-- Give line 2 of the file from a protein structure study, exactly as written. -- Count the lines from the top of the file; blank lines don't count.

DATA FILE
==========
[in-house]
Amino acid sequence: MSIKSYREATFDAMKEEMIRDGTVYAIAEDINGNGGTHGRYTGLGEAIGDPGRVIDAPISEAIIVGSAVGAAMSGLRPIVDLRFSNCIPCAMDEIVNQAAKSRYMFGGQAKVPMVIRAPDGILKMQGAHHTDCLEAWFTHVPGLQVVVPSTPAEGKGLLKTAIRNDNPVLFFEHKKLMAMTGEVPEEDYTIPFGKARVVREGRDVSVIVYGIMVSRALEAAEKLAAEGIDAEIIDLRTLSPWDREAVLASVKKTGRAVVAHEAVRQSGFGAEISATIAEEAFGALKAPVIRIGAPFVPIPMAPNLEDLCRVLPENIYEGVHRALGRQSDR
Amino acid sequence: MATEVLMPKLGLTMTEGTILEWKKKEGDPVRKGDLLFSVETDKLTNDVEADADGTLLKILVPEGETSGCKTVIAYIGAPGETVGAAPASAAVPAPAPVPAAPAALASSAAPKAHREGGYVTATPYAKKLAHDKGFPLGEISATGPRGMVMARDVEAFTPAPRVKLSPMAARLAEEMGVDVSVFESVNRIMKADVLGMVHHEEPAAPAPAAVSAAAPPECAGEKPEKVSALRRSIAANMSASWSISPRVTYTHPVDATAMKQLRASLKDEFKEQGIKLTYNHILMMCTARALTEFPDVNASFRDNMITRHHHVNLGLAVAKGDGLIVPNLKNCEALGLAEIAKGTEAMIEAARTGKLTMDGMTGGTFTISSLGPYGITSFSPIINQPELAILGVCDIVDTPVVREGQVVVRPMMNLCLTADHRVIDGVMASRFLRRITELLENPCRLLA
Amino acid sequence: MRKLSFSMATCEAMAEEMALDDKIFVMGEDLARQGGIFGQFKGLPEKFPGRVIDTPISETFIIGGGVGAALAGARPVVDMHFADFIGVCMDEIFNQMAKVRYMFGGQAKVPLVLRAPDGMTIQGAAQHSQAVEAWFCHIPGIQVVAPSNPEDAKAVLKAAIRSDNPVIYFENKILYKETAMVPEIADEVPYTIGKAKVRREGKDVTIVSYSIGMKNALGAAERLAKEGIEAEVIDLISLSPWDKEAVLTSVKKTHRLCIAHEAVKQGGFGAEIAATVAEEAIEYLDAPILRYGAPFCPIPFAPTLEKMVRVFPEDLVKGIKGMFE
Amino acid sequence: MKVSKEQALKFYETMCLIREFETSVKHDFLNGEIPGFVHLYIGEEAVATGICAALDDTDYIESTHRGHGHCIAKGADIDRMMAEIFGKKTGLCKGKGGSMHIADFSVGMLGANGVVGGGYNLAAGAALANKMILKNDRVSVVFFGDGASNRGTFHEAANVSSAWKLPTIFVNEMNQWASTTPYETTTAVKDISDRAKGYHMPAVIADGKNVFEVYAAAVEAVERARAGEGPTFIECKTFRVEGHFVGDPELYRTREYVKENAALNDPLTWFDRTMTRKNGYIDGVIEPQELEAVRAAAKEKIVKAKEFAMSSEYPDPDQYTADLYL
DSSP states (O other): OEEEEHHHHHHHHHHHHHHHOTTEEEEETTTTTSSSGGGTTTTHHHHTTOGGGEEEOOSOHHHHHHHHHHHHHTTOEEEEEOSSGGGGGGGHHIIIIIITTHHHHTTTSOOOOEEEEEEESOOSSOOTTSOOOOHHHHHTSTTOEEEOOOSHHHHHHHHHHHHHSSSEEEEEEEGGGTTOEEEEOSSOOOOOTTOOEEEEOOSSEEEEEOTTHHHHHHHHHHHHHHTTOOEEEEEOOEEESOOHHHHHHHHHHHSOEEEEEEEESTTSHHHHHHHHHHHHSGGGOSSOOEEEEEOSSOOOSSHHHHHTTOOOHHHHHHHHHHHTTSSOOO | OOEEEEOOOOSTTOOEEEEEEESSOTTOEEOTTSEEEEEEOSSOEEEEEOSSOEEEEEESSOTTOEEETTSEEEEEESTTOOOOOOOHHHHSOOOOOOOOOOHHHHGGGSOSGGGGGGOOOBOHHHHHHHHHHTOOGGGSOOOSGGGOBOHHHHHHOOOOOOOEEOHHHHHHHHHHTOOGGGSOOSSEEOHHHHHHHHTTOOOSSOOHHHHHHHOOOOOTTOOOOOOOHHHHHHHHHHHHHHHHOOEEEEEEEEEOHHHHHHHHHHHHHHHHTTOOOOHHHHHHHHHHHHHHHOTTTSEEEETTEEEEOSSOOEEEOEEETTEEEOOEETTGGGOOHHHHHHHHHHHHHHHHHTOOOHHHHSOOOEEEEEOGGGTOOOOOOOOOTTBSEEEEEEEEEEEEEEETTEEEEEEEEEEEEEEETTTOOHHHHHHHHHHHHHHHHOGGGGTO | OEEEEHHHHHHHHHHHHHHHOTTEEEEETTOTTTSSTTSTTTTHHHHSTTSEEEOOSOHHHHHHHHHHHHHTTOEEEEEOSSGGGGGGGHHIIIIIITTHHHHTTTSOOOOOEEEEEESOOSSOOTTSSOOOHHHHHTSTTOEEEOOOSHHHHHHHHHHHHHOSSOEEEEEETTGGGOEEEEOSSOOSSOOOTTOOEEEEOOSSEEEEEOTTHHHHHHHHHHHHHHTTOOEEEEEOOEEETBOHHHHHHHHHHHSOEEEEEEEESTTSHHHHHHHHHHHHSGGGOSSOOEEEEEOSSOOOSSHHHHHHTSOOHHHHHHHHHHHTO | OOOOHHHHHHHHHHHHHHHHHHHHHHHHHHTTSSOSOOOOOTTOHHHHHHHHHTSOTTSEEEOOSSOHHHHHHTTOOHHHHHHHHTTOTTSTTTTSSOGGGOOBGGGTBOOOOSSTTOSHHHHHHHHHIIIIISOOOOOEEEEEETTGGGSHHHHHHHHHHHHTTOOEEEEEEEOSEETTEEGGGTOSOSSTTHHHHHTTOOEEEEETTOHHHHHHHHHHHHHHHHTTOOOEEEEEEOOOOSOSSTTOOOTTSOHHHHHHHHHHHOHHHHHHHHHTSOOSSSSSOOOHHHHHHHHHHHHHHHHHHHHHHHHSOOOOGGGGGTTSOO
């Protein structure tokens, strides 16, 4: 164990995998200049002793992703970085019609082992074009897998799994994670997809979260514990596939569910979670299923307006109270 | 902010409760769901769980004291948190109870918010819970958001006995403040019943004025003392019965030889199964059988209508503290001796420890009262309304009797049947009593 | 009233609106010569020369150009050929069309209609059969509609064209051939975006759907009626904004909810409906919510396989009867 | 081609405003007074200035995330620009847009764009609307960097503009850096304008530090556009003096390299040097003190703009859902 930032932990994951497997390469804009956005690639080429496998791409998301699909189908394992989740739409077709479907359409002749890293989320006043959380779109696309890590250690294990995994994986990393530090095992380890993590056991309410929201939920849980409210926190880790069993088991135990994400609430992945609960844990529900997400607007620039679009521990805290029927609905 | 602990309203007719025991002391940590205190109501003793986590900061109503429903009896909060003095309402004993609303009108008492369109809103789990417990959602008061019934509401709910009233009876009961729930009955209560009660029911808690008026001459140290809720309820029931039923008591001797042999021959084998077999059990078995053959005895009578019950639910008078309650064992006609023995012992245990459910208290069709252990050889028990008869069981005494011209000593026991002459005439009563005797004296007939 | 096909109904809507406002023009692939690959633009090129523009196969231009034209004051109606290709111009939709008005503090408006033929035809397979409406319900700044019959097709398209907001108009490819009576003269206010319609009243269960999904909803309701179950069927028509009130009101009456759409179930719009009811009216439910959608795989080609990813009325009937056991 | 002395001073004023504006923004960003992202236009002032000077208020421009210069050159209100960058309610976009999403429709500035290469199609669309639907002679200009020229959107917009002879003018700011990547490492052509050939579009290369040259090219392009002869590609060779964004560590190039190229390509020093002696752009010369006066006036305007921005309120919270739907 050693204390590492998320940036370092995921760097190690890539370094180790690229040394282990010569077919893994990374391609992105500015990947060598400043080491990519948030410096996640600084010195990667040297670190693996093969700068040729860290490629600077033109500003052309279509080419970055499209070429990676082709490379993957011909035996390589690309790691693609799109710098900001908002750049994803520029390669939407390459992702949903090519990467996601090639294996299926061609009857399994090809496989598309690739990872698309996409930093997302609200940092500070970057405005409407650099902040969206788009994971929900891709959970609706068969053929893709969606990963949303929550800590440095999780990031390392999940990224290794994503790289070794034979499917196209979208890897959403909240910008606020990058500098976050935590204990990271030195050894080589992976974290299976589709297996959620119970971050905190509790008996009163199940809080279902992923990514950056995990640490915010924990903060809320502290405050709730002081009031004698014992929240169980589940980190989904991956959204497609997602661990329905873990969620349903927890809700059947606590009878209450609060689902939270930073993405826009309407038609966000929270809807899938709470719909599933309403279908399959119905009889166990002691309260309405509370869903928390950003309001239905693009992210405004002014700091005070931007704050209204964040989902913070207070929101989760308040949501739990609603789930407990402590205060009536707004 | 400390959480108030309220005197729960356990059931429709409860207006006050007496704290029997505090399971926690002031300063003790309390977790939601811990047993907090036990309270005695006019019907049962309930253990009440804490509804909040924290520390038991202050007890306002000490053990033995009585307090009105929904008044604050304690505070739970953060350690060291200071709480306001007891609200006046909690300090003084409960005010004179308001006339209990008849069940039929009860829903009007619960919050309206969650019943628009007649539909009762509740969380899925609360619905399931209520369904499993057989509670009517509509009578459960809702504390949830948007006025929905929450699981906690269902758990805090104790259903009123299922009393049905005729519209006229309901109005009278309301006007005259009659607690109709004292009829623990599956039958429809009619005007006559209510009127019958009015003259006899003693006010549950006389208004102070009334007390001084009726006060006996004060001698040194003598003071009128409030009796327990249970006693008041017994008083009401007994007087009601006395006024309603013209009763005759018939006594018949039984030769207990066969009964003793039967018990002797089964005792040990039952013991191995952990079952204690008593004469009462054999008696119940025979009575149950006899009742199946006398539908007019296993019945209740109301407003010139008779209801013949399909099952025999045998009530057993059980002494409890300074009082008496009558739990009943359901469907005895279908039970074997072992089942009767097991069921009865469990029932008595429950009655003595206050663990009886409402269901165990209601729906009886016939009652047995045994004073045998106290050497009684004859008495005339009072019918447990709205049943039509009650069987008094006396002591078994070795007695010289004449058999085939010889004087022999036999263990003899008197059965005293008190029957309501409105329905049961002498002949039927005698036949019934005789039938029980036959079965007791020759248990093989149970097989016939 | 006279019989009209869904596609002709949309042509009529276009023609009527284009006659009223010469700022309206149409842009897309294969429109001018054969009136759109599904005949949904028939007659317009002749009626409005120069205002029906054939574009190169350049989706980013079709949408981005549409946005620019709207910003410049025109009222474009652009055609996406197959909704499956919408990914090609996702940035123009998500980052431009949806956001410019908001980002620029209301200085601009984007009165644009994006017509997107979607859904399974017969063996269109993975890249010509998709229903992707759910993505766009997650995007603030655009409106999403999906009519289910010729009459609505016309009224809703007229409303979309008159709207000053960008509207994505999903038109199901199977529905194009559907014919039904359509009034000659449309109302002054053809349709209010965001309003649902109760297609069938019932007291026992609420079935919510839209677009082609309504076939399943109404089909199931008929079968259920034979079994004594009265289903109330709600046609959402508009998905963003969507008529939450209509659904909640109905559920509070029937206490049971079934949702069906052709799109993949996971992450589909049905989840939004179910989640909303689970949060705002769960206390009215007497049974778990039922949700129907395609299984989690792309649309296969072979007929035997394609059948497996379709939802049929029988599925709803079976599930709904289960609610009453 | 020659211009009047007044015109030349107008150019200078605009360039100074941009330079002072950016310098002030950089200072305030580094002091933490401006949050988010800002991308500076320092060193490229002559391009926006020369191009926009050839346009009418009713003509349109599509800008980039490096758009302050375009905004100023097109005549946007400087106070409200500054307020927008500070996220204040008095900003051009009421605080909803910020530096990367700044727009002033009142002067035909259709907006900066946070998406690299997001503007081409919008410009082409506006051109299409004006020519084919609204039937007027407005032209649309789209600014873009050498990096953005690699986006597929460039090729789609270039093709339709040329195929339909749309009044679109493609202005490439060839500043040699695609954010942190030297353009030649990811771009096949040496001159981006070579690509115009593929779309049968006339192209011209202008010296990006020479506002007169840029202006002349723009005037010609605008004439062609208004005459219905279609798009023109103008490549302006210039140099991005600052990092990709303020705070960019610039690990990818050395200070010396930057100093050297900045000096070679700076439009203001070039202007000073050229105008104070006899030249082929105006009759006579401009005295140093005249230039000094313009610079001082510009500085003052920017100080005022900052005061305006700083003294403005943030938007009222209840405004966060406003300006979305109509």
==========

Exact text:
Amino acid sequence: MSIKSYREATFDAMKEEMIRDGTVYAIAEDINGNGGTHGRYTGLGEAIGDPGRVIDAPISEAIIVGSAVGAAMSGLRPIVDLRFSNCIPCAMDEIVNQAAKSRYMFGGQAKVPMVIRAPDGILKMQGAHHTDCLEAWFTHVPGLQVVVPSTPAEGKGLLKTAIRNDNPVLFFEHKKLMAMTGEVPEEDYTIPFGKARVVREGRDVSVIVYGIMVSRALEAAEKLAAEGIDAEIIDLRTLSPWDREAVLASVKKTGRAVVAHEAVRQSGFGAEISATIAEEAFGALKAPVIRIGAPFVPIPMAPNLEDLCRVLPENIYEGVHRALGRQSDR